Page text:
As I picked up my registration packet at this year’s "A Gathering of Leaders" conference in Oakland, CA, I couldn’t help but laugh when I glanced down at my name tag. “Ricky Hurtado, Institute for Black Male Achievement Intern, PolicyLink” it read. It felt a little strange to be with my new PolicyLink co-workers, preparing for a week’s worth of energizing and challenging dialogue around the work supporting boys and men of color across the country, in a familiar space that initially nurtured my understanding and dedication to this work. After all, I once sat on the other side of the registration table as a staff member at Frontline Solutions, the host of the conference.
Despite still learning the ropes at PolicyLink, I was warmly greeted by advocates and leaders in the field from across the country. A few of my colleagues asked, “How do you know all of these people already?” I explained that from the beginning, A Gathering of Leaders was created as an intentional space to learn and grow as a community dedicated to justice and equity, particularly around issues facing men and boys of color. Building a movement for impact has meant cultivating relationships across sectors, issues, and geographic distance—regardless of whether you are a young emerging leader or a seasoned veteran in this work. It’s only appropriate that I met Marc Philpart, Associate Director and leader of the Black Male Achievement team at PolicyLink (and now my boss), at last year’s convening.
"A Gathering of Leaders" has become the premier venue for leaders in the boys and men of color field. The call to action by President Obama to act on these issues in the form of My Brother’s Keeper meant that there was an especially significant energy in the air leading up to this year’s gathering. Listening tours, salon and working sessions, and place-based delegation debriefs allowed participants to connect, debate, and strategize around the opportunities and challenges facing young men and boys of color across the nation.
Scanning and listening to the voices in the room throughout these sessions quickly revealed the diversity represented this year. DREAMers shared their work with The Dream Defenders; API community organizers brainstormed ideas with Echoing Green Black Male Achievement Fellows; and community and foundation leaders discussed how to leverage existing federal resources with White House representatives from a variety of educational initiatives. The conference even featured a prominent social media buzz that had #AGoL2014 trending locally in the Bay Area. Clearly, this once intimate, nascent gathering has grown into a mainstream, national conversation.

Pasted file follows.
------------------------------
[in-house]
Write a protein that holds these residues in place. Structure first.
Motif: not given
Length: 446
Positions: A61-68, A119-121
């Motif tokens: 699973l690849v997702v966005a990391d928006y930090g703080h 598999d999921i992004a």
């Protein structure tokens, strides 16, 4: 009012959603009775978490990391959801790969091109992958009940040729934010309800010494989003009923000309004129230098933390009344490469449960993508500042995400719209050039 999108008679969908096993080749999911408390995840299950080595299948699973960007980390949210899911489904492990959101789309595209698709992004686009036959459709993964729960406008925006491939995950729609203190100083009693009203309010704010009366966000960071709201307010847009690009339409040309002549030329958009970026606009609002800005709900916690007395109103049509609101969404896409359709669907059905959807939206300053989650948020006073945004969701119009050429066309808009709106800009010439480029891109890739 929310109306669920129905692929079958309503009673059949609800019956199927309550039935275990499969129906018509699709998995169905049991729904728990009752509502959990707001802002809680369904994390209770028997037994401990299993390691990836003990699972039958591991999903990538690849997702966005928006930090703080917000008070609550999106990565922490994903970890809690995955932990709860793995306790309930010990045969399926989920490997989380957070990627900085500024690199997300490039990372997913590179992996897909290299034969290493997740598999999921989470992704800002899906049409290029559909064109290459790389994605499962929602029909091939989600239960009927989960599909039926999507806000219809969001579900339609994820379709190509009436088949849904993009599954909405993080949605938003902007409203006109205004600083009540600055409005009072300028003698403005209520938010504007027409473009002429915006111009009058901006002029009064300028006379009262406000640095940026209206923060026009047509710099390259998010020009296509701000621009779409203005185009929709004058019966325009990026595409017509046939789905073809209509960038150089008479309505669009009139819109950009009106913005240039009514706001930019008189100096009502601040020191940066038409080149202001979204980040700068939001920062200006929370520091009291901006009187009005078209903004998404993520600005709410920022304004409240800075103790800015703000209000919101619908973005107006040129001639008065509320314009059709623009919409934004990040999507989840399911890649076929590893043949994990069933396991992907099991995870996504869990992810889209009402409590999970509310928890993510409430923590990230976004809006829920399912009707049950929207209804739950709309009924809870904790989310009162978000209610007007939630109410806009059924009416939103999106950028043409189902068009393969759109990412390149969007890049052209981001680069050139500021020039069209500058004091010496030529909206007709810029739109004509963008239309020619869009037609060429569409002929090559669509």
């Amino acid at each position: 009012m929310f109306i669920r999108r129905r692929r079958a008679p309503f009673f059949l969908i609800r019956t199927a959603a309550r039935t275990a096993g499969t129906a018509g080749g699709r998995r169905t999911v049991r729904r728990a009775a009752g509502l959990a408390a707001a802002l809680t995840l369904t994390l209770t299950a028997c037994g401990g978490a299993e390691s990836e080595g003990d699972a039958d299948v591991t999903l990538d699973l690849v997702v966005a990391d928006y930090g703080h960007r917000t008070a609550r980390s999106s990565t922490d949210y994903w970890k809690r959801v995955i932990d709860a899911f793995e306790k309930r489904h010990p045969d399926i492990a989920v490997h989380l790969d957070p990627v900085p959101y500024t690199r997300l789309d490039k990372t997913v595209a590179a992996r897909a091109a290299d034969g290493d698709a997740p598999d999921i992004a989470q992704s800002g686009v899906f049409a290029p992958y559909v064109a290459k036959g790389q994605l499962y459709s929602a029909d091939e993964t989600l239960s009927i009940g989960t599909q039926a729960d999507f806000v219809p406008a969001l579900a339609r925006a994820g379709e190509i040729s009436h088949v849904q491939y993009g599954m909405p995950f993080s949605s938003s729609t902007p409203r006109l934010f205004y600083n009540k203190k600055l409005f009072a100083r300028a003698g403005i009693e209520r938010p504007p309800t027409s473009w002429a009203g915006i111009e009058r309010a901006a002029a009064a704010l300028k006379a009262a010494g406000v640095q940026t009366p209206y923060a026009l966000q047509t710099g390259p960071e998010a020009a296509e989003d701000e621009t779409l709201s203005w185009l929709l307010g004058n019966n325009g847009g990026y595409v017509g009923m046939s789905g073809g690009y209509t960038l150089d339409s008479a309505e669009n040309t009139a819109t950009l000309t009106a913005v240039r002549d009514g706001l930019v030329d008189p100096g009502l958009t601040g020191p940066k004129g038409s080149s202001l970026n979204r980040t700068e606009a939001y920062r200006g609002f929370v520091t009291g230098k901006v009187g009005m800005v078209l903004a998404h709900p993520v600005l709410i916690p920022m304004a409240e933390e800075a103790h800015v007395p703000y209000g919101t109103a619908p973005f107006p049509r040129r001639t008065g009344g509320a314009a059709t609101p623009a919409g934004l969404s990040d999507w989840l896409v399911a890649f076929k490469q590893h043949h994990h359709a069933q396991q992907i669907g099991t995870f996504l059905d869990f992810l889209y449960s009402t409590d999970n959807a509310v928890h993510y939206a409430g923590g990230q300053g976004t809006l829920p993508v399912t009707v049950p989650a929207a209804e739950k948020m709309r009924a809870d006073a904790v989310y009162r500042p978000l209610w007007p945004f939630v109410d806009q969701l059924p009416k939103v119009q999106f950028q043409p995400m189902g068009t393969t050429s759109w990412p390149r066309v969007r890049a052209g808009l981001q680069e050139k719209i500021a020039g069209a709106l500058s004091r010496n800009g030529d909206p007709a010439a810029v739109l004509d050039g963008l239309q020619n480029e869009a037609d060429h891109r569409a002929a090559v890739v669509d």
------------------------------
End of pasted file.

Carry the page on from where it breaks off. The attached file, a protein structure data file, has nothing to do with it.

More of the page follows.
Tensions in the Field
However, not every session was meant to pat each other on the back and congratulate each other on the victories in the field. Several conversations demanded genuine critique of the work being done and honest debate of the long road ahead. Several plenaries highlighted the fact that there is room for debate in the identity of this movement and underscored the tensions evident in our communities, particularly around the framing of masculinity and support for women of color, the inclusion of young Latino, Native, API, and LGBTQ groups, and engagement with faith-based institutions that may view the moral imperative of this work in a different light.
My Brother’s Keeper
This year’s gathering closed, appropriately, with a chronology of My Brother’s Keeper to date and an opportunity to engage with key representatives involved with the development of the federal initiative. Throughout this Q&A session, many of the themes from this week emerged again. Mainly, how do we ensure that My Brother’s Keeper, and the greater boys and men of color field, also work towards equitable outcomes for young women of color and communities of color? Similarly, how do we ensure that this work is sustainable and builds a society that guarantees an equitable future for communities of color?
The panelists left us with many difficult questions to answer beyond this week. One panelist closed for the audience by stating, “A lot of the concern expressed this week boils down to mistrust. Do you trust that your struggle is my struggle? Are we in this together?” I walked away feeling that working towards this trust will ensure our work continues to evolve and pushes toward transformative change that allows us to be the keepers of all of our brothers—and sisters.